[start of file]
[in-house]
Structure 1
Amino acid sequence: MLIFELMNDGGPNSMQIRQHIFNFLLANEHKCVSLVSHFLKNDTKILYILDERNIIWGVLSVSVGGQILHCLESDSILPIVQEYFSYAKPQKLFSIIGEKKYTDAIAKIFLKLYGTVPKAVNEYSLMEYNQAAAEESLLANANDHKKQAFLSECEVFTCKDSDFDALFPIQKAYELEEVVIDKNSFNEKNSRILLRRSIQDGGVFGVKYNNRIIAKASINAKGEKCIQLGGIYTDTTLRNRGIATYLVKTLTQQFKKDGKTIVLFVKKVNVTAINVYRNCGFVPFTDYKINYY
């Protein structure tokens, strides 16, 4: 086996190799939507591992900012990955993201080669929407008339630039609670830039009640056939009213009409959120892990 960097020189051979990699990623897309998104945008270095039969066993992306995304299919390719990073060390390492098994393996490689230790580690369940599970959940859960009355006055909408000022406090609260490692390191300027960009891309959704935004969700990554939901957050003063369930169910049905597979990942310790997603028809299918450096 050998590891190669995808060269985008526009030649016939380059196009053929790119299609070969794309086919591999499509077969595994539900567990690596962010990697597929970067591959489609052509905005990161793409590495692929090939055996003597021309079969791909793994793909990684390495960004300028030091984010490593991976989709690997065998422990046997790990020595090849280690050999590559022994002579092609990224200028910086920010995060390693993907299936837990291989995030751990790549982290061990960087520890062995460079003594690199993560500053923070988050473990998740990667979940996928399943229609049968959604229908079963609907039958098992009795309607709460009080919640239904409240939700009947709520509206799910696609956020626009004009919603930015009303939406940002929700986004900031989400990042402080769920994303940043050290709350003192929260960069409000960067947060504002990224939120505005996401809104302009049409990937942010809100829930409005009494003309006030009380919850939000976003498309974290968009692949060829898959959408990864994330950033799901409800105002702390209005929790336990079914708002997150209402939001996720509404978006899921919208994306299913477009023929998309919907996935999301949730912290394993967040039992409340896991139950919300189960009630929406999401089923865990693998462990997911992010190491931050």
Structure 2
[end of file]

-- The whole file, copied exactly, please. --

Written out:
[in-house]
Structure 1
Amino acid sequence: MLIFELMNDGGPNSMQIRQHIFNFLLANEHKCVSLVSHFLKNDTKILYILDERNIIWGVLSVSVGGQILHCLESDSILPIVQEYFSYAKPQKLFSIIGEKKYTDAIAKIFLKLYGTVPKAVNEYSLMEYNQAAAEESLLANANDHKKQAFLSECEVFTCKDSDFDALFPIQKAYELEEVVIDKNSFNEKNSRILLRRSIQDGGVFGVKYNNRIIAKASINAKGEKCIQLGGIYTDTTLRNRGIATYLVKTLTQQFKKDGKTIVLFVKKVNVTAINVYRNCGFVPFTDYKINYY
């Protein structure tokens, strides 16, 4: 086996190799939507591992900012990955993201080669929407008339630039609670830039009640056939009213009409959120892990 960097020189051979990699990623897309998104945008270095039969066993992306995304299919390719990073060390390492098994393996490689230790580690369940599970959940859960009355006055909408000022406090609260490692390191300027960009891309959704935004969700990554939901957050003063369930169910049905597979990942310790997603028809299918450096 050998590891190669995808060269985008526009030649016939380059196009053929790119299609070969794309086919591999499509077969595994539900567990690596962010990697597929970067591959489609052509905005990161793409590495692929090939055996003597021309079969791909793994793909990684390495960004300028030091984010490593991976989709690997065998422990046997790990020595090849280690050999590559022994002579092609990224200028910086920010995060390693993907299936837990291989995030751990790549982290061990960087520890062995460079003594690199993560500053923070988050473990998740990667979940996928399943229609049968959604229908079963609907039958098992009795309607709460009080919640239904409240939700009947709520509206799910696609956020626009004009919603930015009303939406940002929700986004900031989400990042402080769920994303940043050290709350003192929260960069409000960067947060504002990224939120505005996401809104302009049409990937942010809100829930409005009494003309006030009380919850939000976003498309974290968009692949060829898959959408990864994330950033799901409800105002702390209005929790336990079914708002997150209402939001996720509404978006899921919208994306299913477009023929998309919907996935999301949730912290394993967040039992409340896991139950919300189960009630929406999401089923865990693998462990997911992010190491931050």
Structure 2